Government report snubs Scottish games industry

DC Research claims only 200 working in games, values it at 0

A new report has caused controversy by suggesting the Scottish games industry has no students, no value and employs just 200 people.

After reading the report from DC Research, ScottishGames found that it suggested that just 200 people in Scotland were employed by the games industry, and it had a gross value of 0. That is not a typo.

It put the industry at just 0.1 per cent when it came to its contribution to the Scottish economy, and because that percentage was recorded as less than 10 million, it has simply been rounded down to zero.

The report also identified zero students studying game related subjects, despite the international reputation of the University of Abertay Dundee.

The report, created by government associations Creative Scotland and Scottish Enterprises, used information from 2010, and classified games in the Audio-Visual category.

ScottishGames pointed out that the report omist companies that fall under more than one category, and that there are actually over 120 game companies in the country, with RockStar North alone employing more than 200 people.

"The problem is that this is an official report created by two Scottish government organisations which oversee the cultural and enterprise elements of the Scottish economy. Moving forward policy decisions, funding allocations etc. will all be made based on the information in this document," it declared.

It called for the industry to work together to make sure the government and the research companies it turns to have a better awareness of and better statistics about itself.

"We also need to decide exactly how companies creating, publishing or otherwise working with games are categorised, defined and discovered."

"If this means working together, then we're going to have to grit our teeth, get out of the offices and actually do something. Otherwise we run the risk of being sidelined, overlooked and isolated from the wider creative industries. Seen as a curiosity and a hobby, rather than part of the most significant new creative industry in the world today."

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Latest comments (8)

Dave Mitchell Founder, Two Tails5 years ago
Incredible >.<
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Jim Webb Executive Editor/Community Director, E-mpire Ltd. Co.5 years ago
That's worse that US census takers. And I didn't think that was possible.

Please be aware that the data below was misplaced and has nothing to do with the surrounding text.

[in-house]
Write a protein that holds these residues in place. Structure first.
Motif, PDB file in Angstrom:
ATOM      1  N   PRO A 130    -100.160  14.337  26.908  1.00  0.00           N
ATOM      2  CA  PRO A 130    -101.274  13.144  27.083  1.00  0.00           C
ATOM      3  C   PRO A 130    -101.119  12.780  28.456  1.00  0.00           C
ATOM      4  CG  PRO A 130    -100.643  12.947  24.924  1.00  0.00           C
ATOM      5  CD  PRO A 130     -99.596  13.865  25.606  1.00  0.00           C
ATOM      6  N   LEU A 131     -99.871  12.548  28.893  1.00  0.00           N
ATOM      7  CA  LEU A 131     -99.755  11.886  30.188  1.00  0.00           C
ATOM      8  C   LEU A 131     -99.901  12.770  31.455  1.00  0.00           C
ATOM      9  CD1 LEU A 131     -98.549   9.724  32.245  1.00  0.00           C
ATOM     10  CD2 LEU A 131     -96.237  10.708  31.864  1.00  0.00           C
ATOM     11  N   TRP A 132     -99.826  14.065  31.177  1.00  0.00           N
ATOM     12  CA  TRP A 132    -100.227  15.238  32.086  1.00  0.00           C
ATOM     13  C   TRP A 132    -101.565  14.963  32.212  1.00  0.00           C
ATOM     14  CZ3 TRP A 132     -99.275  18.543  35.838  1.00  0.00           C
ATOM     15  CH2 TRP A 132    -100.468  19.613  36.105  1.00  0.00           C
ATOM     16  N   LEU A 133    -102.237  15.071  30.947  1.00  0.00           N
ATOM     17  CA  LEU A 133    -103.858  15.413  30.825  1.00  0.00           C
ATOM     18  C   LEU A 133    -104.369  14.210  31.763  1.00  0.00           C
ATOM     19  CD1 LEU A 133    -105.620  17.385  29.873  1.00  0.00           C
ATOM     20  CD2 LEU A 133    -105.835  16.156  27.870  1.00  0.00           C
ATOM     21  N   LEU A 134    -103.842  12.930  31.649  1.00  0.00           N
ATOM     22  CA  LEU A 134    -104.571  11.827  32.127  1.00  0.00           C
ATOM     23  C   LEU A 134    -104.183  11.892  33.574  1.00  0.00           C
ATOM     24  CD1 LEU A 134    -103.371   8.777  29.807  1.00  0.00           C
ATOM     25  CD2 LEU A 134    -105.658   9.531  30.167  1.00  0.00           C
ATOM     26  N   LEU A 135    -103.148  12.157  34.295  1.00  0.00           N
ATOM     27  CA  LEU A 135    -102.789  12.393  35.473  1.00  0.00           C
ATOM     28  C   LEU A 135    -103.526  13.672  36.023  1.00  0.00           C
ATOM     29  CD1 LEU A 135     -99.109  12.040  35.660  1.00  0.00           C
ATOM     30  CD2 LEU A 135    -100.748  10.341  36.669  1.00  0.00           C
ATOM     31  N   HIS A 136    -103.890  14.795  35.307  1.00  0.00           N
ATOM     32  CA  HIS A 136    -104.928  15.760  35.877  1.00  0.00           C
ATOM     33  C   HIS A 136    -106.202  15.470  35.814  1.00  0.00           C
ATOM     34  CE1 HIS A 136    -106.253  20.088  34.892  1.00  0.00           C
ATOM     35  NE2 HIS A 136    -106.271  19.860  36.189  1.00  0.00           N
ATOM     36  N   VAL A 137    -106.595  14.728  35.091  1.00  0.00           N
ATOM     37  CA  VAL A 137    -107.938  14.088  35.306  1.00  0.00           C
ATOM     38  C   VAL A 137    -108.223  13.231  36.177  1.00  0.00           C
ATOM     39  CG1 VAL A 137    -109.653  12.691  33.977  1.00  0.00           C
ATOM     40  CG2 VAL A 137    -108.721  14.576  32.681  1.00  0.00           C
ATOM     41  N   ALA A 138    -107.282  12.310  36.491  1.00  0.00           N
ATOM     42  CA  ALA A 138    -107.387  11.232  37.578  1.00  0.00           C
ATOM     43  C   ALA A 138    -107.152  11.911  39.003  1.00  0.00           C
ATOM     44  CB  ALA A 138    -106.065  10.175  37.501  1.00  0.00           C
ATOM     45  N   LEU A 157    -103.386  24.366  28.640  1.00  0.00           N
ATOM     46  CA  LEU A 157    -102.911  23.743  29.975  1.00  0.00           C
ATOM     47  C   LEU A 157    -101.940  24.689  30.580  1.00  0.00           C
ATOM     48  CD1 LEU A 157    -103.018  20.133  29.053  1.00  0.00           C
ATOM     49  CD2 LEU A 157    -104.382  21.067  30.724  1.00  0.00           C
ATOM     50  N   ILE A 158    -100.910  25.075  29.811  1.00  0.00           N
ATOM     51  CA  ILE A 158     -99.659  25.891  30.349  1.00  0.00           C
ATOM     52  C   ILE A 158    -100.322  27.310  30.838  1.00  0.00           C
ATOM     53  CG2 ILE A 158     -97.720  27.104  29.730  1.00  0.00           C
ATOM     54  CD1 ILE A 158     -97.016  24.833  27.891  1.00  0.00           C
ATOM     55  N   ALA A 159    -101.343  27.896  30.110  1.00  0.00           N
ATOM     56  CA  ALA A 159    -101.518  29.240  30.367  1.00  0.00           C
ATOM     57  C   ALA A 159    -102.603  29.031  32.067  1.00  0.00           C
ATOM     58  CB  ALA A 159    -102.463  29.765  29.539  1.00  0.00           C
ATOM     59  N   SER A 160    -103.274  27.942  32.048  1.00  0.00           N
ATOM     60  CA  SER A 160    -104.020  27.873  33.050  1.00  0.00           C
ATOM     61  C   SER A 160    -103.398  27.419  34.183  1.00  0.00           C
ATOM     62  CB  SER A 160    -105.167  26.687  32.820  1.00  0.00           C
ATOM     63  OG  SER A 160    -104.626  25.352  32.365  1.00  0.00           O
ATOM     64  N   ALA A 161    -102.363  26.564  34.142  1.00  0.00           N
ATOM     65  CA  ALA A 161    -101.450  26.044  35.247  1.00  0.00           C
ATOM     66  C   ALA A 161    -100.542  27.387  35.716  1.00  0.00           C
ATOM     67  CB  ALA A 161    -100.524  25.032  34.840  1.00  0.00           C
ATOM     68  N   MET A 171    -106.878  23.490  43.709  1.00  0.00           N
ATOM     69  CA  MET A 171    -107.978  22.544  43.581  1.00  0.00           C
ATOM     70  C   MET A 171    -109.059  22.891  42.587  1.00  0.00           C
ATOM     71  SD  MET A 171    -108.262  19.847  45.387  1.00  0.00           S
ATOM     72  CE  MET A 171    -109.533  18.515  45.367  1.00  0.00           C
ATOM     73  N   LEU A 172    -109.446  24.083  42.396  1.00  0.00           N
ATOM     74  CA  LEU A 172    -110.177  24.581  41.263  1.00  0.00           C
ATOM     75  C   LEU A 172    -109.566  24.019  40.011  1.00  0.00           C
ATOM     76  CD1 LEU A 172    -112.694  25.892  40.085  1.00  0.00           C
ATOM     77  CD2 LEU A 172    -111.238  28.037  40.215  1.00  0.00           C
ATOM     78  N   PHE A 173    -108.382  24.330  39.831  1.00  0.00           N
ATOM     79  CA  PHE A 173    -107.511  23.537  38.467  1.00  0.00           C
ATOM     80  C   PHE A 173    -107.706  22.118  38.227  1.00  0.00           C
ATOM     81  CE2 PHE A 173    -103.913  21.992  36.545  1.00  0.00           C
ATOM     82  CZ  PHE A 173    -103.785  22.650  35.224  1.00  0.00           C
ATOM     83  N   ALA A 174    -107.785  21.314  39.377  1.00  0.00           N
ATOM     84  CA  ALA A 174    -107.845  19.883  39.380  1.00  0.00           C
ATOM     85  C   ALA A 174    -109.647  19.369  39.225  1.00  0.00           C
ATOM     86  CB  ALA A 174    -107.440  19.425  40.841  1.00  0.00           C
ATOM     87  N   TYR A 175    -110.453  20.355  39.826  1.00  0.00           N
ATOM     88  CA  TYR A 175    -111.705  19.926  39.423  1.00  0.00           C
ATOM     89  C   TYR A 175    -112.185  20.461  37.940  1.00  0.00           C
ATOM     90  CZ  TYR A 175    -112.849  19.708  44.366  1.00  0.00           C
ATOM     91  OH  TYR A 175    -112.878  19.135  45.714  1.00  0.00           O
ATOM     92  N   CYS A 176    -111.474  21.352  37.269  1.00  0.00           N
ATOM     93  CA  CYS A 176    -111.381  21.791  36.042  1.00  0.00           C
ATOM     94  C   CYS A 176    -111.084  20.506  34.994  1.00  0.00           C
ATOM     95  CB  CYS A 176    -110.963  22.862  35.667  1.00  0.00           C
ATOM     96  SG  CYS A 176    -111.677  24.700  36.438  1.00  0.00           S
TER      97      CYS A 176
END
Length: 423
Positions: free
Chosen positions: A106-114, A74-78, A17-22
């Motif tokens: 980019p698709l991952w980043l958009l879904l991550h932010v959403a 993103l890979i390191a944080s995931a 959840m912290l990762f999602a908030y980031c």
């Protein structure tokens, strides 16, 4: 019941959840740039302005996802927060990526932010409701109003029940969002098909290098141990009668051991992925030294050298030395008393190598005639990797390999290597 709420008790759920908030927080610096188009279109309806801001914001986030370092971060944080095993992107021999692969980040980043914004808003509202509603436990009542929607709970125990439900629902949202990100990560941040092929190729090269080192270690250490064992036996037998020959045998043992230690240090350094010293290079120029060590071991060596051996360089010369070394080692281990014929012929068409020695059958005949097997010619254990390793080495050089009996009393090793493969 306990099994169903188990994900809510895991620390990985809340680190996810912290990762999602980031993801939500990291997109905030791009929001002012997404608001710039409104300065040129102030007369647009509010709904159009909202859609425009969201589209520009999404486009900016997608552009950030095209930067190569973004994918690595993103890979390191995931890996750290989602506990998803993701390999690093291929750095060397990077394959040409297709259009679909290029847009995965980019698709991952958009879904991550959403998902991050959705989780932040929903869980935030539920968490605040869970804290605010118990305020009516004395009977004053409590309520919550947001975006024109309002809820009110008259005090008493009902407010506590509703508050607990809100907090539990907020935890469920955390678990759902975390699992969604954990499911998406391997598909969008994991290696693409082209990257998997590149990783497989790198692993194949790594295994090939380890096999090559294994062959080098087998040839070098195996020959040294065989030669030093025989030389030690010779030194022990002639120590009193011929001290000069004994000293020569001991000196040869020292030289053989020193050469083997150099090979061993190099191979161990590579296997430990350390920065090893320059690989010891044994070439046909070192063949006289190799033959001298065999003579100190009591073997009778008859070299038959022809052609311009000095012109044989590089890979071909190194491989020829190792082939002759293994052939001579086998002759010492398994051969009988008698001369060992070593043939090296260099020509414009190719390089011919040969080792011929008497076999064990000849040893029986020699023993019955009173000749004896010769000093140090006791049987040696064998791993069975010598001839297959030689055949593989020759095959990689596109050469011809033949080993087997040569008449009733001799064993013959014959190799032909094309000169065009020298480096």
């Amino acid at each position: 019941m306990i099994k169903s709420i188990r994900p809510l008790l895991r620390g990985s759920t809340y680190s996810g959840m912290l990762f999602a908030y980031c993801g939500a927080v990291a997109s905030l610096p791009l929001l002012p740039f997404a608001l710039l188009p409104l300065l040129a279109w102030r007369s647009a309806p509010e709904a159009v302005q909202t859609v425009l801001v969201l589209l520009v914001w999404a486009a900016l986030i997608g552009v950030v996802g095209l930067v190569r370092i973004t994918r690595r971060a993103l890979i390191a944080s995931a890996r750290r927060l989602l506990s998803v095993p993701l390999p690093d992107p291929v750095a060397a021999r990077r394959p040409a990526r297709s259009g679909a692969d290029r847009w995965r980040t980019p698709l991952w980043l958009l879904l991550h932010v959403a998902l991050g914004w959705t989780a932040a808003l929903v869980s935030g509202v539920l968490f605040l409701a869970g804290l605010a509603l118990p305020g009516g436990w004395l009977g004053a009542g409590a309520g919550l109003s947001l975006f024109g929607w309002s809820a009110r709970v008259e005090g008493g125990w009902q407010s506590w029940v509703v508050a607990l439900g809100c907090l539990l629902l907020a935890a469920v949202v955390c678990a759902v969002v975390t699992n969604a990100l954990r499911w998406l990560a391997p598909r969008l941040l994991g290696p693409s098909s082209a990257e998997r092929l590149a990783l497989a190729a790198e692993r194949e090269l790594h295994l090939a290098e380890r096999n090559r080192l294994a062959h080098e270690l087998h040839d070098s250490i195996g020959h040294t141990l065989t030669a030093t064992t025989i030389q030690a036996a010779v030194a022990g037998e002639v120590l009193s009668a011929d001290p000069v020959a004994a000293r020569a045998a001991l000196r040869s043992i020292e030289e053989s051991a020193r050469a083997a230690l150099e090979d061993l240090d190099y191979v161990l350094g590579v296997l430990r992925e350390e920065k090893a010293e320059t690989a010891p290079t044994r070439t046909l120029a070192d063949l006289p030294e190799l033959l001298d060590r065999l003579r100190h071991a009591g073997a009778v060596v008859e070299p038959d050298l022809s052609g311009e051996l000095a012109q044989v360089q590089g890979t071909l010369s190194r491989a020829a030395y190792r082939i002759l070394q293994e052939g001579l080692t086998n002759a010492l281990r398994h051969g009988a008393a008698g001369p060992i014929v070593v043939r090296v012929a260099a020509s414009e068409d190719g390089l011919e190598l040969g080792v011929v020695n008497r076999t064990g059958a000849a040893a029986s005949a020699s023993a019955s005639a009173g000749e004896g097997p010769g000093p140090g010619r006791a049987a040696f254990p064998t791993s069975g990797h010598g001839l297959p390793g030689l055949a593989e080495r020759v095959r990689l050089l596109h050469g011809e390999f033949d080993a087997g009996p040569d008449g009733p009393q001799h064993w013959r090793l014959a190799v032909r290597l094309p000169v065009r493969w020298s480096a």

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Mus Cetiner Studying Game Design and Production Management, University of Abertay Dundee5 years ago
Is this the same Scotland that I am studying at University of Abertay and is this the same country that has about 120 games companies?
Absolute idiots.
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Show all comments (8)
David Radd Senior Editor, IndustryGamers5 years ago
This is cartoonishly bad. Even if just Rockstar North was included, that's a huge studio that just happens to work on some of the biggest game franchises in the world.
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Andrew Goodchild Studying development, Train2Game5 years ago
What is the point of the Government even bothering to do this survey if they are going to do such an incompetent, inaccurate job? What possible result is it going to achieve?
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Mike Rusby 3d character modeller 5 years ago
Its the goverment , wny is that any kind of surpise to anyone.

Edited 1 times. Last edit by Mike Rusby on 7th September 2012 4:43pm

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James Prendergast Research Chemist 5 years ago
@ Mike. I don't see the remit of incompetence only being applied to government. Private industry is just as incompetent - in fact I'm astounded almost weekly at incompetence within my employer.
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Bruce Everiss Marketing Consultant 5 years ago
Quoted from the beeb:

"TIGA's figures showed there were 668 permanent staff in 50 games development, publishing and service companies in the Scottish games industry, which represents almost 10% of the total industry in the UK."

Which would make the whole Scottish game industry comparable in size to Codemasters or Jagex.

A few points:

1) It shows just how much you can believe what the government tells us.
2) Someone paid for this report. Whose money was used and why?
3) Gaming is global so , unless you make a cricket game, at least 80% of UK industry development revenue is ultimately export.
4) Game development is mostly in a very small number of clusters such as Guildford and Leamington Spa, which mean that it is extremely unevenly distributed.
5) Real Time Worlds going bust must have made a big hole in the Scottish game development industry. Plus they used up over $100 million of investment funds which could have been better applied elsewhere.
6) Large numbers of small "indie" studios are starting up right now encouraged by the low barriers of entry afforded by digital distribution and app stores. Most off these companies are off the radar of government, TIGA and everyone else.
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